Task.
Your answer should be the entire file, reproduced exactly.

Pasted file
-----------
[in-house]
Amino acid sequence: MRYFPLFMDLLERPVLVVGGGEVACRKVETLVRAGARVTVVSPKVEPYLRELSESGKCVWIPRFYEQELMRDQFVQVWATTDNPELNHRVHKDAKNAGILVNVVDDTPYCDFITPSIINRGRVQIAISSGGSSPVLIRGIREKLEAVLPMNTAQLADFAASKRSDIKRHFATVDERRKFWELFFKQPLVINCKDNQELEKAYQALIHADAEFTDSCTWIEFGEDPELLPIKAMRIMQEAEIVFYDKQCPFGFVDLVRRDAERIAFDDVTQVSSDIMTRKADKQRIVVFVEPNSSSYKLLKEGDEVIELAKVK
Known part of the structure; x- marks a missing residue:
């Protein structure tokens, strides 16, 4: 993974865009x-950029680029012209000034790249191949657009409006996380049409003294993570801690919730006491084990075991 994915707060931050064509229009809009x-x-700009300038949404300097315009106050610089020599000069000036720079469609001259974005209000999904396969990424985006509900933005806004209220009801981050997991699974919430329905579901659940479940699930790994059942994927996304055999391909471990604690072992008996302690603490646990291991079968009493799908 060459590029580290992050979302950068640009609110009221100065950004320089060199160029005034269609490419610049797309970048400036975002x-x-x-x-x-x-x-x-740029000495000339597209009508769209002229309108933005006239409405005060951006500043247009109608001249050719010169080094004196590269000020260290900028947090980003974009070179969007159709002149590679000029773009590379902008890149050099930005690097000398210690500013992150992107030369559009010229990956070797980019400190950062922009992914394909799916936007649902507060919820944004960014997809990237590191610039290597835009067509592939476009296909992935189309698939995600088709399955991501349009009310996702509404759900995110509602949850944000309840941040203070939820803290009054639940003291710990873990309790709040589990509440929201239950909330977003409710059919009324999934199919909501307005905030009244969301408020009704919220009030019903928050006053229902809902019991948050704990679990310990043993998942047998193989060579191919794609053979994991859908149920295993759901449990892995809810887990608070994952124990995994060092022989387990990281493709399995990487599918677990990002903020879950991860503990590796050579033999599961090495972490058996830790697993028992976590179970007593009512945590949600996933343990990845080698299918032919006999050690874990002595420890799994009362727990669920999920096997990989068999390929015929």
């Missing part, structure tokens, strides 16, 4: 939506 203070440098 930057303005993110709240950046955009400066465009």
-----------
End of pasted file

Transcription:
[in-house]
Amino acid sequence: MRYFPLFMDLLERPVLVVGGGEVACRKVETLVRAGARVTVVSPKVEPYLRELSESGKCVWIPRFYEQELMRDQFVQVWATTDNPELNHRVHKDAKNAGILVNVVDDTPYCDFITPSIINRGRVQIAISSGGSSPVLIRGIREKLEAVLPMNTAQLADFAASKRSDIKRHFATVDERRKFWELFFKQPLVINCKDNQELEKAYQALIHADAEFTDSCTWIEFGEDPELLPIKAMRIMQEAEIVFYDKQCPFGFVDLVRRDAERIAFDDVTQVSSDIMTRKADKQRIVVFVEPNSSSYKLLKEGDEVIELAKVK
Known part of the structure; x- marks a missing residue:
């Protein structure tokens, strides 16, 4: 993974865009x-950029680029012209000034790249191949657009409006996380049409003294993570801690919730006491084990075991 994915707060931050064509229009809009x-x-700009300038949404300097315009106050610089020599000069000036720079469609001259974005209000999904396969990424985006509900933005806004209220009801981050997991699974919430329905579901659940479940699930790994059942994927996304055999391909471990604690072992008996302690603490646990291991079968009493799908 060459590029580290992050979302950068640009609110009221100065950004320089060199160029005034269609490419610049797309970048400036975002x-x-x-x-x-x-x-x-740029000495000339597209009508769209002229309108933005006239409405005060951006500043247009109608001249050719010169080094004196590269000020260290900028947090980003974009070179969007159709002149590679000029773009590379902008890149050099930005690097000398210690500013992150992107030369559009010229990956070797980019400190950062922009992914394909799916936007649902507060919820944004960014997809990237590191610039290597835009067509592939476009296909992935189309698939995600088709399955991501349009009310996702509404759900995110509602949850944000309840941040203070939820803290009054639940003291710990873990309790709040589990509440929201239950909330977003409710059919009324999934199919909501307005905030009244969301408020009704919220009030019903928050006053229902809902019991948050704990679990310990043993998942047998193989060579191919794609053979994991859908149920295993759901449990892995809810887990608070994952124990995994060092022989387990990281493709399995990487599918677990990002903020879950991860503990590796050579033999599961090495972490058996830790697993028992976590179970007593009512945590949600996933343990990845080698299918032919006999050690874990002595420890799994009362727990669920999920096997990989068999390929015929």
């Missing part, structure tokens, strides 16, 4: 939506 203070440098 930057303005993110709240950046955009400066465009």